He thought about the last bit for a moment.

“Put the gun down, will you?”

“Stay where you are.”

I backed into the kitchen.

Still facing the man, I grabbed a soggy cloth of dubious origin from the work surface and tested the tap. Cold water ran in a trickle. I soaked the cloth and returned to the hallway; the gun still fixed on the man.

“Hold still.”

His scalp was gashed badly on one side. The thin skin had been sliced open. I pressed the cloth to the wound, and he moaned out loud again, but didn’t complain. With my other hand, I pushed the barrel of the gun into his cheek.

“I’m sure you’re a nice bloke just doing his best, trying to survive,” I hissed. “But the thing is, I’ve got a little boy with me. I just marched him god knows how many miles to get here. Then some fanny jumps me in our hallway as soon as we get home. You’ve probably terrified him. Do you get that?”

The man was wide-eyed. He nodded slowly.

“So, I can’t trust you. And you can’t trust me.”

I eyeballed him. Neither of us moved.

“Keep the compress for your head, but get up now, get the rest of your stuff and get out.”

He was nodding more quickly. He took hold of the cloth and I stood up and back from him, keeping the gun pointed at his head.

“Go on! Do one!”

He cowered. I heard a ceramic clank from somewhere upstairs. I lowered my voice again.

“If I find any of the keys are missing from this house, or anything that makes me suspicious, I’m going to wait here as long as it takes for you to come back and I’m going to kill you. Is that understood?”

“Yes, boss,” he whispered, looking at the floor between his legs. “Sorry, boss.”

Gingerly, he got to his feet and hobbled as quickly as he could to the living room. He grabbed a couple of bags and pushed his way out, running – in so much as he could – through the front door. I slammed it behind him and made sure it was locked. I put my flaming, sweat-drenched head to the cool glass of the door. I held it there for a long time. I let the gun drop from my hand to the floor with a soft clack. Eventually I turned around and climbed the stairs.

James was sat in the shadowy bathroom, sniffling. His eyes shone, caught in the moonlight from the window as I walked in.


He nodded vigorously, sniffing again and using the back of his hand to wipe his nose and eyes.

“Did you brush your teeth?”

Another nod.

“Come on, I’ll show you where we’re going to sleep.”

I scooped him up from the toilet seat. I could feel him trembling, his heart still thumping. I’m sure he could feel mine too. I spun backwards and right from the bathroom to open the door of my childhood bedroom with my back, James occupying both of my arms. I sat him down on the double bed.

“Make sure you take all of your clothes off. They’re dirty and you’ll probably be too warm in them anyway now we’re back indoors. I have to go back downstairs and check some things.”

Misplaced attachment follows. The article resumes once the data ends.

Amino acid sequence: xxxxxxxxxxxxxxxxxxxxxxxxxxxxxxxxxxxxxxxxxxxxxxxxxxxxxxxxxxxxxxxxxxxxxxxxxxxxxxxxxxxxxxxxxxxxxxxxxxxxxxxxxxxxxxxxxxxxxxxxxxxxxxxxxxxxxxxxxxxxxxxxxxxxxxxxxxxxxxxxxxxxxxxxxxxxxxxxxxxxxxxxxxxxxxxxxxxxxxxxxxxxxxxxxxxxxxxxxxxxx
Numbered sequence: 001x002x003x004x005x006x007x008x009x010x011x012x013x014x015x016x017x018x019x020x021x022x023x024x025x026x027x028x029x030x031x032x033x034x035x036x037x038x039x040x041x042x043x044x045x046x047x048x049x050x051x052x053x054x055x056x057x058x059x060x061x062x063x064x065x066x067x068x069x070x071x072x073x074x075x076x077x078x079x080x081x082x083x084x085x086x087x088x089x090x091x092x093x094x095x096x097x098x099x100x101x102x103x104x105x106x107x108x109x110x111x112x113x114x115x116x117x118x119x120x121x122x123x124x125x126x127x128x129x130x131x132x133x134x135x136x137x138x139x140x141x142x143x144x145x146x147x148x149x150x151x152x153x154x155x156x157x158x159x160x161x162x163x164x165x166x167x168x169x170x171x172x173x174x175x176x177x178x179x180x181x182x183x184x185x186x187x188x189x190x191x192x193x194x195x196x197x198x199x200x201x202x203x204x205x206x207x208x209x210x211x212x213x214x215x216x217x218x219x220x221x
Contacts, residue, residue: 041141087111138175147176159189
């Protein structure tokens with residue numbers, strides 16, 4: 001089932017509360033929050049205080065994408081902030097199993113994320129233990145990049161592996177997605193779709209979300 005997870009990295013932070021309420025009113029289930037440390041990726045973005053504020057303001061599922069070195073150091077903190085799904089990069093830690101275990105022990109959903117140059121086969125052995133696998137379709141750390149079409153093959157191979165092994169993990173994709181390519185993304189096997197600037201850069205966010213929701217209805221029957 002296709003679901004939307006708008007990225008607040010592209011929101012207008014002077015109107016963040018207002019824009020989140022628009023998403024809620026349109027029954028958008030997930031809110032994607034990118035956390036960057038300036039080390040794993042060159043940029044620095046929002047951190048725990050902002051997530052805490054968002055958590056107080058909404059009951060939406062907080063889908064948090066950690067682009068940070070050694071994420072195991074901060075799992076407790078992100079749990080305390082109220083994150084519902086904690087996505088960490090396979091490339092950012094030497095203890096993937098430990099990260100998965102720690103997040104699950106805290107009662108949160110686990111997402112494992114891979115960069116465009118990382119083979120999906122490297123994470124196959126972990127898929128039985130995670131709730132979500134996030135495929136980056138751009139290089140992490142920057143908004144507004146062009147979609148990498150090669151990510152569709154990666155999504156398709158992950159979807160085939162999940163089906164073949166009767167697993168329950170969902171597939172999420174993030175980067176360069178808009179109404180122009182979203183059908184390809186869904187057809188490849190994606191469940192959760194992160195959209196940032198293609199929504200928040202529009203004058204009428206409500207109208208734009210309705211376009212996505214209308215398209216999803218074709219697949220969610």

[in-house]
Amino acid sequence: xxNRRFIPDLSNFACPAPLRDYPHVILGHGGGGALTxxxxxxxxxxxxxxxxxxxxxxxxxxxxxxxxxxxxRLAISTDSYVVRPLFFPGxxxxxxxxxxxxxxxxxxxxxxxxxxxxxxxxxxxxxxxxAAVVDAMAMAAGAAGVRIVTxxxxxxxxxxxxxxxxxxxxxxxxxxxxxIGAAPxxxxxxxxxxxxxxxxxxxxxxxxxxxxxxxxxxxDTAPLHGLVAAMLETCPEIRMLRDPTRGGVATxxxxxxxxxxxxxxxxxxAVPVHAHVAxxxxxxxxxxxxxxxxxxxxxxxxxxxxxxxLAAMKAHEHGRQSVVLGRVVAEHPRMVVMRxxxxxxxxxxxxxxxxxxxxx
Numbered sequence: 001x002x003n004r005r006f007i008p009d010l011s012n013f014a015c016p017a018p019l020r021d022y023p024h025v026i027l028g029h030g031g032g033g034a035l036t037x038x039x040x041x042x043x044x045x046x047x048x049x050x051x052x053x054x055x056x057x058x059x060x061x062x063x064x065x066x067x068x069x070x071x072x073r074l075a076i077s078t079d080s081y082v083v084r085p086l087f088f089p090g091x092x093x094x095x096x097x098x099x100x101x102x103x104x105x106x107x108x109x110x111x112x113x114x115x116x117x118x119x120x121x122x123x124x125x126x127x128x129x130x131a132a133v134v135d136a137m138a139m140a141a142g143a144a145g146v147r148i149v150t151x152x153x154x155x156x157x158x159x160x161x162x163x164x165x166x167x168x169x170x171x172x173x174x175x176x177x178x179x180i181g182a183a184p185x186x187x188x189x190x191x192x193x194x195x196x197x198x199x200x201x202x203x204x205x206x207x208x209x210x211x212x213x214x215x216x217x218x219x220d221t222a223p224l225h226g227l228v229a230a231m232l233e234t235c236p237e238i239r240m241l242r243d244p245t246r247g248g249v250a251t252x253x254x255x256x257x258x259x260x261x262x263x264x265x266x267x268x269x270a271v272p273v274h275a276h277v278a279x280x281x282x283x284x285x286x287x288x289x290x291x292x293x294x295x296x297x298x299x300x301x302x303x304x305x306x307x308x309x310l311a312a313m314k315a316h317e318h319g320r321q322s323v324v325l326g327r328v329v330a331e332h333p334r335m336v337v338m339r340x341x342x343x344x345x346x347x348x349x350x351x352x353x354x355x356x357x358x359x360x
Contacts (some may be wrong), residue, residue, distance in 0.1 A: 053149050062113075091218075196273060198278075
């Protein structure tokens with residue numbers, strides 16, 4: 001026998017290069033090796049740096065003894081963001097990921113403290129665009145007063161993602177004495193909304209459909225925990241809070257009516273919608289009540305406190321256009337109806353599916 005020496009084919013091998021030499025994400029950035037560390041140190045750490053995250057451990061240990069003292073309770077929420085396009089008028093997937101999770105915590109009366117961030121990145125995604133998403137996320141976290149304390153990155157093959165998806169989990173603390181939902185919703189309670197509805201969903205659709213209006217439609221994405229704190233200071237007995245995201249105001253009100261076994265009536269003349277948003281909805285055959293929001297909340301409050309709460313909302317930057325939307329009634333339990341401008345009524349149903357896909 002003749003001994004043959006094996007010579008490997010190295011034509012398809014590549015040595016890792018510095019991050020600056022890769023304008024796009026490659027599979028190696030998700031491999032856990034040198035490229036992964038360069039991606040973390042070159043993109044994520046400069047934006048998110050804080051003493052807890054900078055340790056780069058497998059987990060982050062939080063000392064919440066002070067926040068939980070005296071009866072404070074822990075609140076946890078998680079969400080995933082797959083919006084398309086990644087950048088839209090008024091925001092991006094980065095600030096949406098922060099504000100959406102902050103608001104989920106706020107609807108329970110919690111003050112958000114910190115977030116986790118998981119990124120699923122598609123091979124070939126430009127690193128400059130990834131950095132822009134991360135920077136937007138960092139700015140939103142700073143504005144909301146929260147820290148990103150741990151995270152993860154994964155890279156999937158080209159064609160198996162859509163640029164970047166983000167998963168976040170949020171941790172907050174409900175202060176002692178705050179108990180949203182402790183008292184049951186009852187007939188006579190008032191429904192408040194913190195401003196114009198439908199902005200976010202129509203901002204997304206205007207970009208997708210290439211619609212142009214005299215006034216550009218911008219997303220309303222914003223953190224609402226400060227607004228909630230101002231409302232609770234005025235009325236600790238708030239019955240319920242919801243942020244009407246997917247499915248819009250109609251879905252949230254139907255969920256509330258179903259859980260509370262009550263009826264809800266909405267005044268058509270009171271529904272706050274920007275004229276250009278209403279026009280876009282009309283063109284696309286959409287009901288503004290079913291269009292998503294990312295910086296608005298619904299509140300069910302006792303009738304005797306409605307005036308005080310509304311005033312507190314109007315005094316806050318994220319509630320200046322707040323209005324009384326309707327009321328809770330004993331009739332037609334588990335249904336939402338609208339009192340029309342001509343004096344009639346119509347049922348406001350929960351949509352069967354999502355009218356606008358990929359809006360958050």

I left him sat there and returned downstairs. I checked the living room. I could make out, and smell, the remains of a fire in the fireplace, but nothing seemed amiss.

I walked through the dining room and checked the double back doors that were the intruder’s apparent entry point. He had been honest about locking them back up, and they seemed inconspicuously sturdy as I pushed against them.

Lastly, I checked the kitchen. The back door was still securely locked. From what I could make out in the half-light of the full moon, it seemed he’d forced a few of my locked cupboards open. I’d have to check more thoroughly in the morning, but it was unlikely he’d taken much. The cupboards were a decoy for the real prize. I surveyed the long-dead fridge-freezer. The lock was still intact. He hadn’t seen through the ruse. For the first time since returning home, I felt relief.

I opened the door with my back again as I re-entered to the bedroom. This time I was carrying a glass of water in each hand, one for each of us. James had left his clothes in a pile on the floor beneath where I left him and taken up residence snuggled into the dead centre of the bed. I placed the glasses down on the floor and quickly undressed. Then, I grabbed one of the glasses again.

“Here, this is yours. I’ll put it on the bedside table next to you.”

I slid under the covers next to him and reached over to place the glass on the table.

“That means you have to move over; you’re sleeping on that side so you can reach it.”

His skin felt warm to the touch as I unceremoniously shoved him with my thigh. I settled myself down next to him and placed a hand on his flat tummy.

“I think there’s a lot we need to talk about tomorrow, isn’t there?”

“Mmm-hmm,” was all he offered.

“Will you be able to sleep tonight, James?”

“I think so,” he said. His voice was small, and he kept his eyes shut fast.

“You remember where the toilet is if you need to go?”


“And I’m right here with you if you have any bad dreams, okay?”

“Goodnight, Jake.”

“Goodnight mate.”